Monday Night Football Betting Trends By Math Nerds (Week 4)

Find out all of the top trends, stats, projections and more for this Bears/Cowboys matchup courtesy of your friends at numberFire.

After a wild and wacky weekend of football (brought to you by The King of Miami Brian HartlineTM), it's time for Monday Night Football once again. If you're not taking a look at numberFire's Premium Page for all of our official projections and prognostications on the spread, totals line, moneyline, and more, check out some of the stats we're looking at for this game. The more knowledge the better, and we're the Internet's leader in numbers. (Not an official ruling, but hey, read on and argue otherwise.)

Thrown to the Dogs

Stand up for the little guy! Then bow to his mercy. As has been happening much of the season, the underdogs took the crown again in week 4. 'Dogs went 8-5 against the spread in week 4 so far, with the Eagles-Giants game a push. Most interesting to me, though, is the number of those underdogs who won straight up: Minnesota (+3.5), St. Louis (+2.5), Cincinnati (+1.5), and Washington (+2) each took the win this week. And out of those five games where the underdog merely covered or pushed but did not win straight up, three of those games (GB/NO, PHI/NYG, and ARI/MIA) were decided on a game-ending final kick. Especially in those games where the teams were close, the line ended up being thrown out the window; the game turned out to be more of a pick 'em. In close contests where the line was 3.5 points or lower this week, the underdog won straight up two-thirds of the time, with San Diego over Kansas City and Philadelphia over the Giants as the two outliers. Chicago comes into this game as a 3.5 point underdog, but if recent history is any indication, favoring one team over another does not matter much when the two teams are this close.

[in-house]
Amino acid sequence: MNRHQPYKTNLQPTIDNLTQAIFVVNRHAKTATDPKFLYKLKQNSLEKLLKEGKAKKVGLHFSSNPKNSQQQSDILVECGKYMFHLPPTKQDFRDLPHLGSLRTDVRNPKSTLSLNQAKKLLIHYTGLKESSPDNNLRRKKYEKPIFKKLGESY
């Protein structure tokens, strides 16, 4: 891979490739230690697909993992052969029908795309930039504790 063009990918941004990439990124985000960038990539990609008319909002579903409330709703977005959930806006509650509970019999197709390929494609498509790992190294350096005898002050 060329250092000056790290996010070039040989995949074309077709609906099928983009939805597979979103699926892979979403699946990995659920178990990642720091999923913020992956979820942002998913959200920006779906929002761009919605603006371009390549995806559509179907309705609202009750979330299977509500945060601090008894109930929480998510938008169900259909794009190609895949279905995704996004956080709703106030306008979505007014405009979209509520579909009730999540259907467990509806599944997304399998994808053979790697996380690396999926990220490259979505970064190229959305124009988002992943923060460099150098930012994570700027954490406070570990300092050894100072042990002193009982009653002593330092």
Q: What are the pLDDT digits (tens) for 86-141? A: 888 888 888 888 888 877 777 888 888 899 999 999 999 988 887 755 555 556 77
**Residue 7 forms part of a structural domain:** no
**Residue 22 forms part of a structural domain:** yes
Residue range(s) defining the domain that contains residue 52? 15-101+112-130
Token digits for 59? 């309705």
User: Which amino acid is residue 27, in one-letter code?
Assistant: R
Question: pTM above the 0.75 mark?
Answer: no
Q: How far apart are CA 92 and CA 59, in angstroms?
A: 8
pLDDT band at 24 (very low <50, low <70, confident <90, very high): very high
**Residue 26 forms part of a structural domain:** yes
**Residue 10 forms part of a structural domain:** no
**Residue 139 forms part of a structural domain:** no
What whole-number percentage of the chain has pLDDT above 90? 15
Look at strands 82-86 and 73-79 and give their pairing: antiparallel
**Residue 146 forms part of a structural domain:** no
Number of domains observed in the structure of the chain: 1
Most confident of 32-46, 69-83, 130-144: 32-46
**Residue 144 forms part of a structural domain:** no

Just Plain Offensive

Everybody is heading into this game expecting offensive struggles; it wouldn't be a Cutler v. Romo duel without a few picks thrown in for good measure. The totals line for the Bears/Cowboys contest currently sits at 41.5 points, the fourth-lowest totals line of the weekend behind Seattle/St. Louis, Arizona/Miami, and San Francisco/New York. But while those three games did not reveal a definitive trend (the under won two of three times), none of those games featured what this one does: a battle between two of the top dozen defenses in numberFire's efficiency rankings entering week 4. Teams currently in numberFire's top dozen of the defensive rankings have faced off seven times this season, including four just last week. In those seven games, the under has won all seven times, a perfect 100% of the time between numberFire's top dozen defenses. Just for those who don't believe my list, the games were Seattle/Arizona (under 41) in week 1, Chicago/Green Bay (under 50.5) and Seattle/Dallas (under 42.5) in week 2, and Seattle/Green Bay (under 45.5), Arizona/Philadelphia (under 41), San Diego/Atlanta (under 47), and Tampa Bay/Dallas (under 45.5) in week 3. The point is, you can't guarantee a high score when not one, but both teams are capable of shutting down the opposing offense.